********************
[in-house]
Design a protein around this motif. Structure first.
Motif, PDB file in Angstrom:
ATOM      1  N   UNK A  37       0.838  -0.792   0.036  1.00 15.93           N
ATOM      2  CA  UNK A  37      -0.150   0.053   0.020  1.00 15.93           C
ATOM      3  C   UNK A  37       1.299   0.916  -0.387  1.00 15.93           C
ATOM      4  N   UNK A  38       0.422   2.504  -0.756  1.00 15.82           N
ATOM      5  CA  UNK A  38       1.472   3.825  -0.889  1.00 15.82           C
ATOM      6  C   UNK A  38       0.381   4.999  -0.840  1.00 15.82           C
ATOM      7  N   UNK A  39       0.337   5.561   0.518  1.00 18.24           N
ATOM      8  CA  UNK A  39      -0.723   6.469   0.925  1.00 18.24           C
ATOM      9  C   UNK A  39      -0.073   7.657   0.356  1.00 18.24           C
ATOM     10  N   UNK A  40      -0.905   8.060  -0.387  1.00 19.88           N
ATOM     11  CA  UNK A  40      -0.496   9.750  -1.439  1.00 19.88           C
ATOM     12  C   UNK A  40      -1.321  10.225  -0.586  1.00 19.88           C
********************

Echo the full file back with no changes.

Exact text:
[in-house]
Design a protein around this motif. Structure first.
Motif, PDB file in Angstrom:
ATOM      1  N   UNK A  37       0.838  -0.792   0.036  1.00 15.93           N
ATOM      2  CA  UNK A  37      -0.150   0.053   0.020  1.00 15.93           C
ATOM      3  C   UNK A  37       1.299   0.916  -0.387  1.00 15.93           C
ATOM      4  N   UNK A  38       0.422   2.504  -0.756  1.00 15.82           N
ATOM      5  CA  UNK A  38       1.472   3.825  -0.889  1.00 15.82           C
ATOM      6  C   UNK A  38       0.381   4.999  -0.840  1.00 15.82           C
ATOM      7  N   UNK A  39       0.337   5.561   0.518  1.00 18.24           N
ATOM      8  CA  UNK A  39      -0.723   6.469   0.925  1.00 18.24           C
ATOM      9  C   UNK A  39      -0.073   7.657   0.356  1.00 18.24           C
ATOM     10  N   UNK A  40      -0.905   8.060  -0.387  1.00 19.88           N
ATOM     11  CA  UNK A  40      -0.496   9.750  -1.439  1.00 19.88           C
ATOM     12  C   UNK A  40      -1.321  10.225  -0.586  1.00 19.88           C